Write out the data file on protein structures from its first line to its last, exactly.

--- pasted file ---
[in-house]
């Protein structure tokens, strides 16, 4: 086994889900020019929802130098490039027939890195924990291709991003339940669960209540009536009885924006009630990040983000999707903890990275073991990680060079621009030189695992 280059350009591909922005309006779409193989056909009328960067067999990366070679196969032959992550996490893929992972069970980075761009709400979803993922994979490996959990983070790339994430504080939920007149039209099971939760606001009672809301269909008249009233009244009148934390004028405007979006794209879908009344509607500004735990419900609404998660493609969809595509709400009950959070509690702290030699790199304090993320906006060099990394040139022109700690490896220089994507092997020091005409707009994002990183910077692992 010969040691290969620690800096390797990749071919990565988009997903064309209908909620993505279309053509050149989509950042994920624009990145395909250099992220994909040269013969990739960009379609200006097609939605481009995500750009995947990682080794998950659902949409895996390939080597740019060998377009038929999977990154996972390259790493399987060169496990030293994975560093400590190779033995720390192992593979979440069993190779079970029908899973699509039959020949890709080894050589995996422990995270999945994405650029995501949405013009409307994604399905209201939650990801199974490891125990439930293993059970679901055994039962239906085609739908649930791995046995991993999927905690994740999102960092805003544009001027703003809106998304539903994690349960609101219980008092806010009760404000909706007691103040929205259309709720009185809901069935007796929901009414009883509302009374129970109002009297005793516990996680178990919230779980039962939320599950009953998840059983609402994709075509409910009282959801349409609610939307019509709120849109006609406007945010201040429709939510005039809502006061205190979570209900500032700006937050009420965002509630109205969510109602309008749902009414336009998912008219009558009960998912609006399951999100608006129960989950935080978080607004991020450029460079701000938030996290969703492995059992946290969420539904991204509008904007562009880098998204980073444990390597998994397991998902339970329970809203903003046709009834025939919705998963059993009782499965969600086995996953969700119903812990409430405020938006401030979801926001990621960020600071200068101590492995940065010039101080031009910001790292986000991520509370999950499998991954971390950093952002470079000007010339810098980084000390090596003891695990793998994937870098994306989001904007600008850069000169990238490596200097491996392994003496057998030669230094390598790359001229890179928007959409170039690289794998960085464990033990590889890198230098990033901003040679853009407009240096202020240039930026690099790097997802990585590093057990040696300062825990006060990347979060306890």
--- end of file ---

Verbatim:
[in-house]
């Protein structure tokens, strides 16, 4: 086994889900020019929802130098490039027939890195924990291709991003339940669960209540009536009885924006009630990040983000999707903890990275073991990680060079621009030189695992 280059350009591909922005309006779409193989056909009328960067067999990366070679196969032959992550996490893929992972069970980075761009709400979803993922994979490996959990983070790339994430504080939920007149039209099971939760606001009672809301269909008249009233009244009148934390004028405007979006794209879908009344509607500004735990419900609404998660493609969809595509709400009950959070509690702290030699790199304090993320906006060099990394040139022109700690490896220089994507092997020091005409707009994002990183910077692992 010969040691290969620690800096390797990749071919990565988009997903064309209908909620993505279309053509050149989509950042994920624009990145395909250099992220994909040269013969990739960009379609200006097609939605481009995500750009995947990682080794998950659902949409895996390939080597740019060998377009038929999977990154996972390259790493399987060169496990030293994975560093400590190779033995720390192992593979979440069993190779079970029908899973699509039959020949890709080894050589995996422990995270999945994405650029995501949405013009409307994604399905209201939650990801199974490891125990439930293993059970679901055994039962239906085609739908649930791995046995991993999927905690994740999102960092805003544009001027703003809106998304539903994690349960609101219980008092806010009760404000909706007691103040929205259309709720009185809901069935007796929901009414009883509302009374129970109002009297005793516990996680178990919230779980039962939320599950009953998840059983609402994709075509409910009282959801349409609610939307019509709120849109006609406007945010201040429709939510005039809502006061205190979570209900500032700006937050009420965002509630109205969510109602309008749902009414336009998912008219009558009960998912609006399951999100608006129960989950935080978080607004991020450029460079701000938030996290969703492995059992946290969420539904991204509008904007562009880098998204980073444990390597998994397991998902339970329970809203903003046709009834025939919705998963059993009782499965969600086995996953969700119903812990409430405020938006401030979801926001990621960020600071200068101590492995940065010039101080031009910001790292986000991520509370999950499998991954971390950093952002470079000007010339810098980084000390090596003891695990793998994937870098994306989001904007600008850069000169990238490596200097491996392994003496057998030669230094390598790359001229890179928007959409170039690289794998960085464990033990590889890198230098990033901003040679853009407009240096202020240039930026690099790097997802990585590093057990040696300062825990006060990347979060306890």